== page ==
There have been a lot of Duke teams that reach ACC play either undefeated or with one loss in the nonconference schedule. This year, though, the story has been turned on its head; despite the excellence of Jabari Parker, the best freshman in the nation, and the addition of transfer Rodney Hood, a dynamic offensive weapon, the team just hasn’t looked very good. Losses to Kansas and Arizona would have made for a disappointing November on their own, but bizarrely close home games against East Carolina and Vermont (a then-1-4 team that actually had a chance to win the game on the final possession) made it clear that the Blue Devils had serious, and perhaps fatal, flaws.
But it also raised a question: Could this be the rare Duke team that “peaks late”? There was no denying the talent on the floor, but as November came to an end, the whole was far less than the sum of its parts. The optimistic take was that 2013-14 might be the reverse of the usual story — in which Duke plays well out of the gates, but falls in the NCAA tournament to a team peaking late in the season — and after a solid home win against Michigan and last night’s brilliant second-half performance in a victory over UCLA, it’s starting to feel like the worst days might be over. Duke is playing its best basketball of the season, and it’s showing signs that maybe it can solve a few critical issues and surge back into the top five nationally.
Among those issues:
1. Can Quinn Cook play with consistency at point guard?
As great as Parker and Cook have been, the overall efficiency of the offense still hinges on Cook. And the word “inconsistent” has followed him like a doe-eyed lover almost since he arrived in Durham two years ago. He’s often spectacular, and a Quinn Cook highlight reel would make you think he’s one of the nation’s best point guards. He’s not — his defense has been very bad, for starters — but he has the potential to be really, really good. He played his best game of the season against Michigan, with 24 points and nine assists to just two turnovers, and despite an off night shooting yesterday, he came away with a career-high eight steals against one of the country’s best offensive teams and was a steady hand at point while playing all 40 minutes.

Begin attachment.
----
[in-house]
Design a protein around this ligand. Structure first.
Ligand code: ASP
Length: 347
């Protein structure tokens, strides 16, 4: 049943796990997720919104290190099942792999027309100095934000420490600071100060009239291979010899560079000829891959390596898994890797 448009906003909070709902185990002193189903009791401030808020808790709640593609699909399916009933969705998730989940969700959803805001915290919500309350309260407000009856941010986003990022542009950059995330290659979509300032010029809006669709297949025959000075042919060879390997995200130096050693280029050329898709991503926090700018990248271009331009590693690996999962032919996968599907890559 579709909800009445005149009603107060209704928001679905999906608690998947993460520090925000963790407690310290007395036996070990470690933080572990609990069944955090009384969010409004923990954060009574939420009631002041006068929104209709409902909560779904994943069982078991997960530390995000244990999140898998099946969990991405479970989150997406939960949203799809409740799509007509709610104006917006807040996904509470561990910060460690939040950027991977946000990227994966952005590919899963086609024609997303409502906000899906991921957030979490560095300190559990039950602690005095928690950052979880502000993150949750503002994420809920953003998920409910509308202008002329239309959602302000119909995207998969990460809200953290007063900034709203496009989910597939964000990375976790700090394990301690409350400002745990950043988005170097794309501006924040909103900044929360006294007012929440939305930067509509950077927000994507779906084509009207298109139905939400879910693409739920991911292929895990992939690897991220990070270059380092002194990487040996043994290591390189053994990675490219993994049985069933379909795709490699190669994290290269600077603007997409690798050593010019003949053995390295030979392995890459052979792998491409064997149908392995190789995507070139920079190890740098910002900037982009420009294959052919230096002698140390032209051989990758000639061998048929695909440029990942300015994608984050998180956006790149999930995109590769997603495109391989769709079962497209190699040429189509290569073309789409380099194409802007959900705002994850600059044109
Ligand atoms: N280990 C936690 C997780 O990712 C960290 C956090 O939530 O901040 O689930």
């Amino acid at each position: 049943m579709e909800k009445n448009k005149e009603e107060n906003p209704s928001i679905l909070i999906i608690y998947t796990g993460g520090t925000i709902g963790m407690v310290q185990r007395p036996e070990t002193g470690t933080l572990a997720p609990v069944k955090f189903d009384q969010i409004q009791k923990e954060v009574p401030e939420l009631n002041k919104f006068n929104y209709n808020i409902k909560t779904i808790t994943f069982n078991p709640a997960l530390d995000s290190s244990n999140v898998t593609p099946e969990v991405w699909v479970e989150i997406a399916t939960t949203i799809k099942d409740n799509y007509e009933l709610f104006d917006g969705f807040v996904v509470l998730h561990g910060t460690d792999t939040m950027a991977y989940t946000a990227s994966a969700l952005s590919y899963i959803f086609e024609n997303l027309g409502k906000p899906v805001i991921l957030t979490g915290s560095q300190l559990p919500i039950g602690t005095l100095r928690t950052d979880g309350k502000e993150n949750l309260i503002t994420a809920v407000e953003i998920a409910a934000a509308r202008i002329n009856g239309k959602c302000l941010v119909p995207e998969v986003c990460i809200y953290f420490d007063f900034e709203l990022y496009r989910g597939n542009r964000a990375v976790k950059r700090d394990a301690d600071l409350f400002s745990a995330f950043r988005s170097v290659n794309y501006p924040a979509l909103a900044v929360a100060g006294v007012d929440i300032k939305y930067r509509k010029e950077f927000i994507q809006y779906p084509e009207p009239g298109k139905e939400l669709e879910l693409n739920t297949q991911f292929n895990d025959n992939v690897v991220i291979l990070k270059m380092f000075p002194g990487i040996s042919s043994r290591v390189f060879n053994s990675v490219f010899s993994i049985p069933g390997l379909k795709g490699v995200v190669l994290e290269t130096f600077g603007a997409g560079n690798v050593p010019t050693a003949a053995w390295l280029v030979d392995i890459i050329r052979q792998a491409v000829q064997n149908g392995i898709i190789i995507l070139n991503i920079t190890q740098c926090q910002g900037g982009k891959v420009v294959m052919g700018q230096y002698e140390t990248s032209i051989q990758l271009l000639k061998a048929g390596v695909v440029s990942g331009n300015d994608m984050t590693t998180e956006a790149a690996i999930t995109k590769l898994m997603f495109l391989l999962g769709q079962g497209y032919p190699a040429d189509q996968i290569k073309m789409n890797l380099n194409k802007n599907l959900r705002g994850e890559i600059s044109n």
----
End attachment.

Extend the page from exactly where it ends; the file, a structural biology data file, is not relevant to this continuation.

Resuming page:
2. Can Duke function against a zone defense?
The popularity of the zone is surging this year because of the new emphasis on actually calling fouls, and Duke has seen a lot of zone due to the simple fact that it’s really hard to guard Parker, Hood, or Cook man-to-man. And after looking confused for parts of the first half by UCLA’s zone, the Blue Devils came out in the second half and annihilated Steve Alford’s defense. In their best possessions, they ran the offense through the high post and barely dribbled, whipping the ball from foul line to perimeter until they found an open shot. It was beautiful to watch. With players like Parker and Hood, the instinct is to set them loose on the drive or isolate them in the post, rather than use them as interchangeable parts in a motion passing offense. But even John Beilein’s patented 1-3-1 didn’t faze Duke in the Michigan game, and it looks like the zone demons might be exorcised for good. That’s going to be hugely important if it hopes to compete with Syracuse (the best team in the country by a good sight, in my book) for an ACC title.
3. What’s with Rasheed Sulaimon?